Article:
It’s 3 p.m., and Joe Thomas needs to eat. He’s driving with his family but is getting hungry. Is it really hunger? He doesn’t know. Throughout his entire NFL career as an offensive tackle with the Cleveland Browns, Thomas was conditioned to eat every two hours, because his job literally depended on it.
Thomas finds a McDonald’s on the GPS. It will be quick — just a bit of fuel between lunch and dinner. He orders two double cheeseburgers, two McChickens, a double quarter-pounder with cheese, one large order of fries and a large Dr. Pepper.
“Or another sugary drink,” he said recently. “Just to add 500 calories, the easy way.”
It wasn’t easy playing 10,000 consecutive snaps or fending off football’s most explosive pass-rushers. But it was just as hard for Thomas to maintain a 300-plus-pound frame. He had to consume an insatiable amount of food. Here’s a potential day in the life:
Think breakfast: four pieces of bacon, four sausage links, eight eggs, three pancakes and oatmeal with peanut butter, followed by a midmorning protein shake.
Lunch? Perhaps pasta, meatballs, cookies “and maybe a salad, great, whatever” from the team cafeteria.
For dinner, Thomas could devour an entire Detroit-style pizza himself, and then follow it with a sleeve of Thin Mint Girl Scout cookies and a bowl of ice cream. And finally, he would slurp down another protein shake before getting into bed.
“If I went two hours without eating, I literally would have cut your arm off and started eating it,” the former offensive lineman said. “I felt if I missed a meal after two hours, I was going to lose weight, and I was going to get in trouble. That was the mindset I had. We got weighed in on Mondays, and if I lost 5 pounds, my coach was going to give me hell.”
Eating in excess isn’t as glamorous as it sounds. In fact, laborious might be the better word. Throughout his career, Thomas woke up in the middle of the night and “crushed Tums.” He relied on pain medications and anti-inflammatories, and he had constant heartburn.
Then Thomas retired in 2018. “When you start eating and exercising like a normal human being,” Thomas said, “the health benefits are amazing.” He not only threw away the over-the-counter meds, but his skin cleared up, his yoga practice improved and he felt less bloated. Within six months, 60 pounds melted off from his 325-pound playing weight. By September 2019, TMZ picked up Thomas’ transformation, headlining an article: “Ex-NFL Fat Guy … LOOKS LIKE A CHISELED GREEK GOD.”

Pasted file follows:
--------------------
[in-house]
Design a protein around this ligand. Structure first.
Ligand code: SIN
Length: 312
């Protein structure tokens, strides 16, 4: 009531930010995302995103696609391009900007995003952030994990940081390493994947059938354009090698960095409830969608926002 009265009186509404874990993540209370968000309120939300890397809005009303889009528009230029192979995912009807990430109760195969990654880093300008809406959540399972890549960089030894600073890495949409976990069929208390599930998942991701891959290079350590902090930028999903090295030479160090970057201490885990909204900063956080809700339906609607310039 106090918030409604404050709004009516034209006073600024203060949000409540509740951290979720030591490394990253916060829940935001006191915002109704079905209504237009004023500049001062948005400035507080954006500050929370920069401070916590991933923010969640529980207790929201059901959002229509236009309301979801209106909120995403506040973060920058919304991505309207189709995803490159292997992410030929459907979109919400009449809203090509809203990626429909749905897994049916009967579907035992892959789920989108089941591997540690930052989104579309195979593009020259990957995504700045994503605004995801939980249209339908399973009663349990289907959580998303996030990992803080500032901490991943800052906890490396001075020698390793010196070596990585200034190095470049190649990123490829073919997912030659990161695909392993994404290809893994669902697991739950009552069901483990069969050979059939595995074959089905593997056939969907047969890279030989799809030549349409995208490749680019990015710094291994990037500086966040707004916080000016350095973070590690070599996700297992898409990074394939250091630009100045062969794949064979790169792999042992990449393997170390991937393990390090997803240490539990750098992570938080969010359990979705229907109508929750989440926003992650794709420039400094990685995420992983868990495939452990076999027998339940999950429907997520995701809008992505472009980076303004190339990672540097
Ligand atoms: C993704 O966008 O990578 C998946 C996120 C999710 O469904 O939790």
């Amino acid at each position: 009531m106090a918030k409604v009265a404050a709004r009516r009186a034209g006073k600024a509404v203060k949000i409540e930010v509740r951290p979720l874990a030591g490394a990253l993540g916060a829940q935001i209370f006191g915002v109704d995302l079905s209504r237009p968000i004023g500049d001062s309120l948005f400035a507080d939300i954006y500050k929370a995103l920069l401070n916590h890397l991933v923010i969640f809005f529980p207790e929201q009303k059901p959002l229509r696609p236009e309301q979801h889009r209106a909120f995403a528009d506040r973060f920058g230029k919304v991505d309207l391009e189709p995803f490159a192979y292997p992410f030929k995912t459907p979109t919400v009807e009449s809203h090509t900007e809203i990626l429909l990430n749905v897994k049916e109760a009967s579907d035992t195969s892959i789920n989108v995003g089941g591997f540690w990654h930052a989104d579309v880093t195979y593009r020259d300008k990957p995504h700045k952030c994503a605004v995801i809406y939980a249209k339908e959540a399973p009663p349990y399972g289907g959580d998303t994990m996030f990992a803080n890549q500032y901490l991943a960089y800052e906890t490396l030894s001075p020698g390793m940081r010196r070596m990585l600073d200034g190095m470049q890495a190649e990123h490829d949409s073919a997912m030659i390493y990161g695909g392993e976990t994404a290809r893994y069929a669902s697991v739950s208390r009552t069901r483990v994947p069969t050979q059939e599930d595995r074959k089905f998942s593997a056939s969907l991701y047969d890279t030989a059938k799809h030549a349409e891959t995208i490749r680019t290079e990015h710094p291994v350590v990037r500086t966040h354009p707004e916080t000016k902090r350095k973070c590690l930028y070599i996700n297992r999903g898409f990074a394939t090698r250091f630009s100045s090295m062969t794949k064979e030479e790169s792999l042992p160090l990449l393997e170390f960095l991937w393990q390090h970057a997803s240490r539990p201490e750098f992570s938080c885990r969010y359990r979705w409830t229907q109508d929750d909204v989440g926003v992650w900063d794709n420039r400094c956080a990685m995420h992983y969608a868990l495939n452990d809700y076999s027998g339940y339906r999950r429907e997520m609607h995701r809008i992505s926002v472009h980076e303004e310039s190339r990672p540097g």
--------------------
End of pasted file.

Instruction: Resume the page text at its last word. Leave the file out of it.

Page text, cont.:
“I just had a great laugh,” Thomas said. “Isn’t that the typical lineman life? Eleven years in the NFL, and all I’m known as now is ex-NFL fat guy.”
Thomas is the latest example of an offensive lineman who, after retiring, recommitted to a normalized, healthy lifestyle after overeating and over-medicating during his NFL career. His journey might seem dramatic, but it’s not uncommon.
Longtime San Francisco 49ers tackle Joe Staley, who played in the most recent Super Bowl, has already donated five garbage bags of clothing and bought all new belts since his waist slimmed from 40 to 36 inches and he lost 50 pounds. Former Baltimore Ravens guard Marshal Yanda dropped 60 pounds in three months by going from 6,000 calories per day to 2,000. Nick Hardwick, Jeff Saturday, Alan Faneca and Matt Birk are all former big guys who now look like shells of themselves, which generated tabloid-like attention. The list continues on and on.
So how’d they pull it off? We interviewed nine retired offensive linemen about the lengths they went to in bulking up and their secrets to slimming down after hanging up their cleats. The players were candid about body image insecurities, outrageous diets, struggles with eating disorders and the short- and long-term health ramifications of maintaining their playing weights for so many years.
‘Training yourself to have an eating disorder’
Former offensive tackle Jordan Gross started 167 games over 11 seasons for the Carolina Panthers. He was a Pro Bowler three times, made the All-Rookie team in 2003 and started at right tackle for the Panthers in Super Bowl XXXVIII. Then he retired in 2014 and lost 70 pounds within six months.
“Fans know me more for losing weight than they do for anything I did in my entire career,” Gross said.
Although that kind of weight loss can be inspiring, it also points to the unhealthy relationship with food many offensive linemen develop, usually dating back to college. Faneca, a first-round draft pick of the Pittsburgh Steelers in 1998 who went on to 201 career starts with three teams, recalls his position coach at LSU chastising the entire offensive line once for “looking like a bunch of stuffed sausages,” challenging them to lose a pound a day. Later, he was told he had to gain more.